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MIGROS:  Leader of the Pack

Despite the recent rally, the stock is still trading at a 50% discount to its peers in terms of 2020E EV/EBITDA

MIGROS:  Leader of the Pack

Unique place in Turkish FMCG retail market

Migros is the largest supermarket player in Turkey with around 1.5mn sqm sales area and 2,121 stores as of 9M19; which is almost 2.5x higher than its closest competitor Carrefoursa. Meanwhile c. 400 other supermarket players are locals with stores ranging from 5 to 150 and are not capable of threating Migros’ market position. A potential competitor could be BIM’s supermarket banner FILE, which has only 89 stores in 11 cities at the moment. Hence unlike three discounters (BIM, A101 and Sok); which have a fierce competitive environment in their segment; Migros will be less disturbed by its direct competitors for future growth. The only setback could be the lack of suitable locations for organic growth, especially for larger formats.

 

Declining net should debt pave the way for inorganic growth

In 2016, the company acquired third largest player, Tesco Kipa at an attractive price (TRY303mn EV, c. 0.12x EV/sales) and a sizeable real estate portfolio. This major acquisition was followed by the acquisition of fourth largest player Makromarket’s selected stores in Istanbul and Antalya and Carrefoursa’s stores in the Central Anatolian city of Kayseri. These acquisitions and management’s Euro based borrowing preference pushed the net debt to 4x of EBITDA, distorting the balance sheet of the company. As 6M19, the net debt declined to 2x of EBITDA (before IFRS-16), this may be further lowered by liquidating some real estate, which have book value of TL1.8bn. The fragment picture in supermarket space and the financial instability of local players may increase the inorganic growth options of Migros and the company may continue to act as the consolidator of the segment, especially in selected regions of Turkey, where the penetration of Migros is relatively low.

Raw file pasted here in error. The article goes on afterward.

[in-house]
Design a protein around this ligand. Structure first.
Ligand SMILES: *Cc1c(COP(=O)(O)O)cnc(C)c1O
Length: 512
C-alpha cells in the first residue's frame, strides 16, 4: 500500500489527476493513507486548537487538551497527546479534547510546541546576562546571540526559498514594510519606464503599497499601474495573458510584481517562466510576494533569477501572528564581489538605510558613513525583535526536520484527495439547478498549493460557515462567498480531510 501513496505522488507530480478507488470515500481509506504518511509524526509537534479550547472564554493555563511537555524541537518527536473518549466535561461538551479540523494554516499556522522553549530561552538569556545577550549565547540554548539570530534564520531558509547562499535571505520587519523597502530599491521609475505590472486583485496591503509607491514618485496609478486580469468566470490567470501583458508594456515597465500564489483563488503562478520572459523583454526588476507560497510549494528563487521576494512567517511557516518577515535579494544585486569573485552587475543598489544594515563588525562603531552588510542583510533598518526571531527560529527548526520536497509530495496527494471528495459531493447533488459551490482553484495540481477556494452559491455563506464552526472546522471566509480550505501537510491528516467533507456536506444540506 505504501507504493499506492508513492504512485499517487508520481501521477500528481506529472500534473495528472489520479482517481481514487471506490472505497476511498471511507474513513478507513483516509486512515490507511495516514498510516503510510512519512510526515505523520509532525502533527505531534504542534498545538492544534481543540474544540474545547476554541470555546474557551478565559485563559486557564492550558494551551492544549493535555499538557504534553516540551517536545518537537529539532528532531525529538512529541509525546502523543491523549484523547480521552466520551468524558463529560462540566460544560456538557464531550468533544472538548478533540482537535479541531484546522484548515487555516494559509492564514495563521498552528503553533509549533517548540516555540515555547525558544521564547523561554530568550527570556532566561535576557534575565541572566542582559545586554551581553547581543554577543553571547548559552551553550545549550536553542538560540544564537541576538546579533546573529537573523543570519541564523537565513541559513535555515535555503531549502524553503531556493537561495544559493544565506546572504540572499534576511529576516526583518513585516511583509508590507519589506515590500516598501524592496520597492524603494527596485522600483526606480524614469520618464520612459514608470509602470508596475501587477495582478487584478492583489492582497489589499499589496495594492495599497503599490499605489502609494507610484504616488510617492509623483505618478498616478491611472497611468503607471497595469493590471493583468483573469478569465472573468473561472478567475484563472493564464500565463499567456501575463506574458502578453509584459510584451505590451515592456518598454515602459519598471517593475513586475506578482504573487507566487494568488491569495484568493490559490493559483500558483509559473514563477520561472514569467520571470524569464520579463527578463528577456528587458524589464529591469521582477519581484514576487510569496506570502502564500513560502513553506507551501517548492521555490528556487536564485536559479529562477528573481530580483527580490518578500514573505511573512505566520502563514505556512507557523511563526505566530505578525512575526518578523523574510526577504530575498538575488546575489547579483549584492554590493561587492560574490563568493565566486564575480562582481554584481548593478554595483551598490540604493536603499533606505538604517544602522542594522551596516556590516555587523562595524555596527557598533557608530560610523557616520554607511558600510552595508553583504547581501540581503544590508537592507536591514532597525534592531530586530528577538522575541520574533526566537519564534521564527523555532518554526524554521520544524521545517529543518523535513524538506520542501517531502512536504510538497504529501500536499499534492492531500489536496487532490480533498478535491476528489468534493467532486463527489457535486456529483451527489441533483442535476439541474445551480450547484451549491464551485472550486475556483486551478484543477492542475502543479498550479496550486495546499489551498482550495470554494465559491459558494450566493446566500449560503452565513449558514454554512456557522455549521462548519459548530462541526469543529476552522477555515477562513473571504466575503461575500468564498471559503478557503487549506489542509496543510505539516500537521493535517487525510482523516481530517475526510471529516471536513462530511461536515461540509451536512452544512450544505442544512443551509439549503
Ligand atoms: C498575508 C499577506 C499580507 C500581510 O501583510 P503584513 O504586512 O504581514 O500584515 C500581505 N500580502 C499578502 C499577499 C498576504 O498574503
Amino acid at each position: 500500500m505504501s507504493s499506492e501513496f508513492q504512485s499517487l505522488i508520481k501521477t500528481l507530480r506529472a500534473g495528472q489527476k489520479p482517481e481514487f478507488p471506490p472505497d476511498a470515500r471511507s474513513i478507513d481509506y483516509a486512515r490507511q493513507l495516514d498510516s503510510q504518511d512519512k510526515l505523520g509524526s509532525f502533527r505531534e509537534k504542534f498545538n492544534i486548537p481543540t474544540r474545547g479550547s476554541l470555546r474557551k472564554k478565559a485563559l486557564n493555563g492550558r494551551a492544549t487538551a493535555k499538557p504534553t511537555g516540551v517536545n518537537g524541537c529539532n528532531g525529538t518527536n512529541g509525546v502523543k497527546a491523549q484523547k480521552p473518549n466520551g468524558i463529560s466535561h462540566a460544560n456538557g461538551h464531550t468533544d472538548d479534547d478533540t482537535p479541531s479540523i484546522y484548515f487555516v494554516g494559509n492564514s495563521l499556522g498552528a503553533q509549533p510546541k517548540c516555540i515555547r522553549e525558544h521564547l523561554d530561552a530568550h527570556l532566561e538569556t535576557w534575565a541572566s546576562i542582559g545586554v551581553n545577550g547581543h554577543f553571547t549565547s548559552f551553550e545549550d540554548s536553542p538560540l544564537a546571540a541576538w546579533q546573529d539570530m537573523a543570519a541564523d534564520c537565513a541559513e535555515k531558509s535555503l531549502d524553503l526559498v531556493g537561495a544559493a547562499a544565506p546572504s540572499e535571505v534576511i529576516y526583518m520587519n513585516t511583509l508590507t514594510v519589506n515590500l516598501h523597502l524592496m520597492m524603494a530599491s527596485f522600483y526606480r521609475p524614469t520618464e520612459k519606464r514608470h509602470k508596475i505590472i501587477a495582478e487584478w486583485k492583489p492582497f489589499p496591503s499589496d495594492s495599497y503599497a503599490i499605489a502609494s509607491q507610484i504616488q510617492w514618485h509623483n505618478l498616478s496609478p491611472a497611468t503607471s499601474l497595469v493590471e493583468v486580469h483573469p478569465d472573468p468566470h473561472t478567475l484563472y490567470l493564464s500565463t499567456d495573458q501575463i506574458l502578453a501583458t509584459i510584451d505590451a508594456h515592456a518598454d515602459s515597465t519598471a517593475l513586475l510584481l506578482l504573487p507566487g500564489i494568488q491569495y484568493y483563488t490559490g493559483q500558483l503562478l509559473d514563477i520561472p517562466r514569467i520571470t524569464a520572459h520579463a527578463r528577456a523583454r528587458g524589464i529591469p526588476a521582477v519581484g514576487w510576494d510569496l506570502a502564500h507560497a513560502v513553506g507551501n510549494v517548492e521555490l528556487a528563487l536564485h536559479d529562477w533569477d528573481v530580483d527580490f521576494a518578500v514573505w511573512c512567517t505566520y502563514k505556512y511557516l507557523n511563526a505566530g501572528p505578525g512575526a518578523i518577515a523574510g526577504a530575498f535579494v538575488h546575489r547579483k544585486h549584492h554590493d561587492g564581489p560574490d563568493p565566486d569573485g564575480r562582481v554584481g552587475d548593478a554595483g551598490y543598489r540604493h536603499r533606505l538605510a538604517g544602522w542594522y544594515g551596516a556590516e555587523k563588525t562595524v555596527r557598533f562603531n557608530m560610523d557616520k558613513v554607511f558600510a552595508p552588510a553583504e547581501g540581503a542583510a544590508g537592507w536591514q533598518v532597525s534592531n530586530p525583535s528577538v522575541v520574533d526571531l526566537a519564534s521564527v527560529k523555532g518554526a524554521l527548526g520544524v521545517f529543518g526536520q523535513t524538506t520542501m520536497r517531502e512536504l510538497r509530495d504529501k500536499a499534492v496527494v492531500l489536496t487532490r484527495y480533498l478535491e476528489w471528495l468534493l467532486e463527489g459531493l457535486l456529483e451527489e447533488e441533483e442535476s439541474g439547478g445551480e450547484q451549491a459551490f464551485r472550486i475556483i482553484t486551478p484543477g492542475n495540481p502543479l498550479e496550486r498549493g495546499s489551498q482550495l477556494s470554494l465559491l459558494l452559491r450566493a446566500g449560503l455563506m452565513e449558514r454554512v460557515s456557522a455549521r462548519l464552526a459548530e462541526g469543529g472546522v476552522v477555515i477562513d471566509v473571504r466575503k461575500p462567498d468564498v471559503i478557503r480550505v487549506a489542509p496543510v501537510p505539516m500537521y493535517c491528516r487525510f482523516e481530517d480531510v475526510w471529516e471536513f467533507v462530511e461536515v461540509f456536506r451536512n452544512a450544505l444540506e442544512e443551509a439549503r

Changes to our estimates to incorporate IFRS-16 and lower rfr

We made some changes to our estimates to incorporate the accounting amendment related to lease contracts, namely IFRS-16; which significantly increases EBITDA margin in asset-light companies, like Migros, however, the impact of this change on valuation is very limited. With some fine tuning in our estimates, our TP increased by only 0.45/shr. We also cut our rfr to 15% from 16% following the rate cut cycle of CBRT, which added another TL0.75/shr to our TP, which reached to TL26.80/shr, offering 31% upside. Despite the recent rally, the stock is still trading at a 50% discount to its peers in terms of 2020E EV/EBITDA.

 

Risks to our estimates

Since the company is operating in a defensive sector, the economic slowdown may have a limited impact on operations. That said an increase in VAT or income tax may disturb the purchasing power and curb revenue growth. Although the company is less vulnerable to TL fluctuations, thanks to lower short EUR position and leverage, the major risk to our target price remains as the EUR/TL volatility. Meanwhile, the possible divesture of BC Partners’ 18.47% stake may create a share overhang.

 

EVREN GEZER, YF Invest

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